Optimizing Infrastructure Efficiency for Scalable Deep Learning and LLM Training: Insights from Storage
James Coomer, Senior VP of Product, DDN
In this talk, James Coomer, Senior VP of Product at DDN, discusses about Optimizing Infrastructure Efficiency for Scalable Deep Learning and LLM Training.
In the realm of AI, the focus often lies on GPUs and CPUs, but today, let's consider the viewpoint of a storage system. As a company specializing in building large, fast storage systems for supercomputers and superpods worldwide, including notable clients like Nvidia and Scaleway, we're invested in making the process of developing large language models more efficient.
When you examine the typical spending breakdown for a large AI infrastructure, the majority is allocated to compute resources, with a small fraction dedicated to storage. Our challenge, as a 5% segment of the budget, is to competitively enhance efficiency throughout the entire system. Delving into the AI training process, we recognize key data patterns that demand optimization. For instance, during the training of extensive language models, data ingestion, preparation, training, and distribution involve intricate read and write patterns. As a storage system, our mission is to find ways to make these processes more efficient.
Let me share two stories that highlight our efforts to optimize data patterns. In collaboration with Nvidia, we addressed the repetitive movement of data during training epochs (In the context of deep learning and training models, an epoch is one complete pass through the entire training dataset. During each epoch, the model learns from the entire dataset, updating its parameters to improve performance.) By implementing automatic caching on DGX systems(a series of systems designed by Nvidia, known as Nvidia DGX systems. These are specialized hardware solutions for AI and deep learning workloads, often used for training large neural networks) with SSDs, we reduced network traffic significantly, saving 3% of runtime and contributing to a more productive infrastructure.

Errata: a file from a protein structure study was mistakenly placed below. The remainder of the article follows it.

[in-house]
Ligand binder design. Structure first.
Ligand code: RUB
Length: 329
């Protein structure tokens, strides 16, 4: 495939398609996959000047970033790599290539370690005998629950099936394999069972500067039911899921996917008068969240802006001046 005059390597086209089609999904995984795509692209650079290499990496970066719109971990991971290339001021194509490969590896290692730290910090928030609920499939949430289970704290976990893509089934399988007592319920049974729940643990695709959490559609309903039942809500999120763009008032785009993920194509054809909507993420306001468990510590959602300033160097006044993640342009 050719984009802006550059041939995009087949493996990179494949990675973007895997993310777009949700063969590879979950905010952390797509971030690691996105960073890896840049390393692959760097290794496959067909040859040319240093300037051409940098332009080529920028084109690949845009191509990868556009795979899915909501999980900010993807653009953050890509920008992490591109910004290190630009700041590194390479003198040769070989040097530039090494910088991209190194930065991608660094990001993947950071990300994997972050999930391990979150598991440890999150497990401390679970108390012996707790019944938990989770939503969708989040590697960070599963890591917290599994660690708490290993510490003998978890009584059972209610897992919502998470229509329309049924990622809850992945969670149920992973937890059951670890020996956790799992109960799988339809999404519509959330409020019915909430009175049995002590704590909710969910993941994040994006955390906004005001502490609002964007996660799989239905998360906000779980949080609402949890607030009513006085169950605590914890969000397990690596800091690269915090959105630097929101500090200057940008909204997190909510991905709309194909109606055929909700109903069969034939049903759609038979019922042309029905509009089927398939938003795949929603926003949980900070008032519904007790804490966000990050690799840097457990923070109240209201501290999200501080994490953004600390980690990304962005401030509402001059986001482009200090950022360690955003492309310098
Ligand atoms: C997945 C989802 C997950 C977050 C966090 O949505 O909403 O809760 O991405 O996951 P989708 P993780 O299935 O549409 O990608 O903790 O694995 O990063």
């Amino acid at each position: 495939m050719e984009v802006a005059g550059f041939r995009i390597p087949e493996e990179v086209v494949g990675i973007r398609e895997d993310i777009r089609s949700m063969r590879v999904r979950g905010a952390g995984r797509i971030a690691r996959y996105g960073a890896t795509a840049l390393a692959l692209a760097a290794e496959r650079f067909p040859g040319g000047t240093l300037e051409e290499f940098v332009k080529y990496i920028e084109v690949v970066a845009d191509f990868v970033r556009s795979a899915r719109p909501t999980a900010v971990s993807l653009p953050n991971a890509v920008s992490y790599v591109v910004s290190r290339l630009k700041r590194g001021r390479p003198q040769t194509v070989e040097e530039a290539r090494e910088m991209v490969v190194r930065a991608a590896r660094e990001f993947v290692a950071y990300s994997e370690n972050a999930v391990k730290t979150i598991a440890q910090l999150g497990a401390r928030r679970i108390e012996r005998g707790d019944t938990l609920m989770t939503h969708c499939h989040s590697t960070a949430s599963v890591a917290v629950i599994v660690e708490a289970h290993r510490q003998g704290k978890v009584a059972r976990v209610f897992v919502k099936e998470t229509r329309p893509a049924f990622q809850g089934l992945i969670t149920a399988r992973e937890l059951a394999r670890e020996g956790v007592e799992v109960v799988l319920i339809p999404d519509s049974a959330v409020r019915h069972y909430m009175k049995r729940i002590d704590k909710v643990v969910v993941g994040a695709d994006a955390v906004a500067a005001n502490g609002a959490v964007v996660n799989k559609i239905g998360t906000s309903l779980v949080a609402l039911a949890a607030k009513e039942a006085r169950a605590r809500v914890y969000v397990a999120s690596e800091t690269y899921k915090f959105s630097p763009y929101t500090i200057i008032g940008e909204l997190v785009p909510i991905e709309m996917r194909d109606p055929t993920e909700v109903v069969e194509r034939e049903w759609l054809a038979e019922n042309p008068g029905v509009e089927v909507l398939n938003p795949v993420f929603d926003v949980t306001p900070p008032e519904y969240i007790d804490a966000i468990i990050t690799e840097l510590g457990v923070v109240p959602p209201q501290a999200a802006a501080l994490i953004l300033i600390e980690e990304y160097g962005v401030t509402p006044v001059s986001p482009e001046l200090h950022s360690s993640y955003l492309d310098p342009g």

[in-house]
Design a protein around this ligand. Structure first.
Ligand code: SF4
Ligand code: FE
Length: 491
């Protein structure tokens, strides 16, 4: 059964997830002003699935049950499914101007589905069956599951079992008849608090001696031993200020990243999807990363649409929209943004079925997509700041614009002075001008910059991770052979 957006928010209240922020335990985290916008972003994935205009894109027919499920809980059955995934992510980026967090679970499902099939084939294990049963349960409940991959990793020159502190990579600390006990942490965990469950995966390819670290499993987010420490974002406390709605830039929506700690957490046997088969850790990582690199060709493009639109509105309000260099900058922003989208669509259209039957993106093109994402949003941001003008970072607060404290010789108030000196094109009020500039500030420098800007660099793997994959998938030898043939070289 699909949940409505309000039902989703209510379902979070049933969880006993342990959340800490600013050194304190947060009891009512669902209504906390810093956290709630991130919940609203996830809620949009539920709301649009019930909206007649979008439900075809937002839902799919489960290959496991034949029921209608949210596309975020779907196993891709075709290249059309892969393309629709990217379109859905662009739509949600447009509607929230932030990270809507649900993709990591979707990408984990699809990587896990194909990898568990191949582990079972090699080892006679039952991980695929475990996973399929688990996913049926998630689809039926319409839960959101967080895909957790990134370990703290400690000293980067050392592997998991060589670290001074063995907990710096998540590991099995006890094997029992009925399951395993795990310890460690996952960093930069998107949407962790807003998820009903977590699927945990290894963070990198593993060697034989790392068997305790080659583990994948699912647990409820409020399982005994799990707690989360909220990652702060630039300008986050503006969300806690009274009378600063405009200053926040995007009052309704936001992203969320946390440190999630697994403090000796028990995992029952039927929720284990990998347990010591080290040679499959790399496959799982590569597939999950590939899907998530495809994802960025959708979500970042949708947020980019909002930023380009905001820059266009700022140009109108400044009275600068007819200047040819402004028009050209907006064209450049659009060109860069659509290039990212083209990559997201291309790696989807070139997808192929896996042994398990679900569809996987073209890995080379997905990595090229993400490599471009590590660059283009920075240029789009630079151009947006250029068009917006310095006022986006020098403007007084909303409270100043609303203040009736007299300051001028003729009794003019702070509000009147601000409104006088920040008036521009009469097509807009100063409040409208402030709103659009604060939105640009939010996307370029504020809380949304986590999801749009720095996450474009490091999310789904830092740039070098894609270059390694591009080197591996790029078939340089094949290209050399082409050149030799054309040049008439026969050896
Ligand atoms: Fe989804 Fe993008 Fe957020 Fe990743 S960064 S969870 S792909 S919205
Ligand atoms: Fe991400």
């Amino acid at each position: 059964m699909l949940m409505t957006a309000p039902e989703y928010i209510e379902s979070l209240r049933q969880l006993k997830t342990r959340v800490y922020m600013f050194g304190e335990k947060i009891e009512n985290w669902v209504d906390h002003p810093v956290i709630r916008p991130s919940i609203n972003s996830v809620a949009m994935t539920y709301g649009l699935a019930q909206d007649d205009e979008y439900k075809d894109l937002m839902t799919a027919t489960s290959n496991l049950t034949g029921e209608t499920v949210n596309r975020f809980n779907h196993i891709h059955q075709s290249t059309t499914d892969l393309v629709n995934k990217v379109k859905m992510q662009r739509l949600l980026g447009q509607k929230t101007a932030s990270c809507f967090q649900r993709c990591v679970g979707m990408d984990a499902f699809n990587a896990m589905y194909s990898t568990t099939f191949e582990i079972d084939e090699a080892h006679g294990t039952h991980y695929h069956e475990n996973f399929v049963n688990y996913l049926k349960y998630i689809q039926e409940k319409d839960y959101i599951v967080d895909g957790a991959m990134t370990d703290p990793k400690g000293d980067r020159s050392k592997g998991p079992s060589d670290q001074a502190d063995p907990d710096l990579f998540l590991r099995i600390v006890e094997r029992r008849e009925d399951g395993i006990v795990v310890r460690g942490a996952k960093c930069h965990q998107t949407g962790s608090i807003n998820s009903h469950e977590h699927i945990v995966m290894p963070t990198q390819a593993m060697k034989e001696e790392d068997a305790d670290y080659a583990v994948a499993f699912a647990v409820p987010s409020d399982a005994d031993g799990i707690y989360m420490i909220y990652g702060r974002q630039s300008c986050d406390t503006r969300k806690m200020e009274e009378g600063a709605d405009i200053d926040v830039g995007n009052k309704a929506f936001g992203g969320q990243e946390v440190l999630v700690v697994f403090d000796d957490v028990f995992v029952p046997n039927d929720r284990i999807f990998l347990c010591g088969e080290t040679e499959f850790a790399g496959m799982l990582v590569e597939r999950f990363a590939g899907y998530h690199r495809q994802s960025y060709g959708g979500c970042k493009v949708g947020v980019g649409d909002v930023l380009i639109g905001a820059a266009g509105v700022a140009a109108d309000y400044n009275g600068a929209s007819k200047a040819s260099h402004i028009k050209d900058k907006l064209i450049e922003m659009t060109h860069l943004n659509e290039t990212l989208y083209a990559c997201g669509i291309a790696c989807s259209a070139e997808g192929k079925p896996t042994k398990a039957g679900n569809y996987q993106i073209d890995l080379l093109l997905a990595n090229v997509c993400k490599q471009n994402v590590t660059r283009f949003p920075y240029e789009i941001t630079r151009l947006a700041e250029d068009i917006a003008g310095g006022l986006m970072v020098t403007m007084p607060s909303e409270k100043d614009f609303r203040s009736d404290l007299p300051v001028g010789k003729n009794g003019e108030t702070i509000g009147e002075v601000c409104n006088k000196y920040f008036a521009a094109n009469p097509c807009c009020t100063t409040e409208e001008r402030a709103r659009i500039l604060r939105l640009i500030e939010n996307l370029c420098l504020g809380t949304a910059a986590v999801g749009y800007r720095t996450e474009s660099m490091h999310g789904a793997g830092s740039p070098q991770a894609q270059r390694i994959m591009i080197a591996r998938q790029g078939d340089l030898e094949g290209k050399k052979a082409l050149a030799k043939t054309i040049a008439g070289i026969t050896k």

Furthermore, contrary to common perception, AI is not solely a read-intensive problem; it involves substantial write activities, particularly in the form of checkpoints(Checkpoint: A checkpoint in the context of deep learning refers to a snapshot of the model's parameters and state at a specific point during training. Checkpoints are saved to disk periodically, allowing the model training process to resume from a known state in case of interruptions or failures.) We assist in making these writes more efficient by serving them rapidly. Through well-optimized, parallel file systems, we can potentially reduce the time spent on checkpoint activities from 43% to 5-10%, translating to 5-12% more useful training time compared to non-specialized systems like NFS (Network File System): NFS is a standard protocol used for sharing files and directories among computers in a network. It allows a system to access files over a network as if they were on its local disks.
In essence, investing in the right storage, such as well-architected parallel file systems, can yield substantial gains in infrastructure efficiency, paying dividends that go beyond the initial 5% allocation in the AI budget. Our ongoing dialogue with customers and competitors fuels our commitment to advancing the efficiency of AI infrastructure.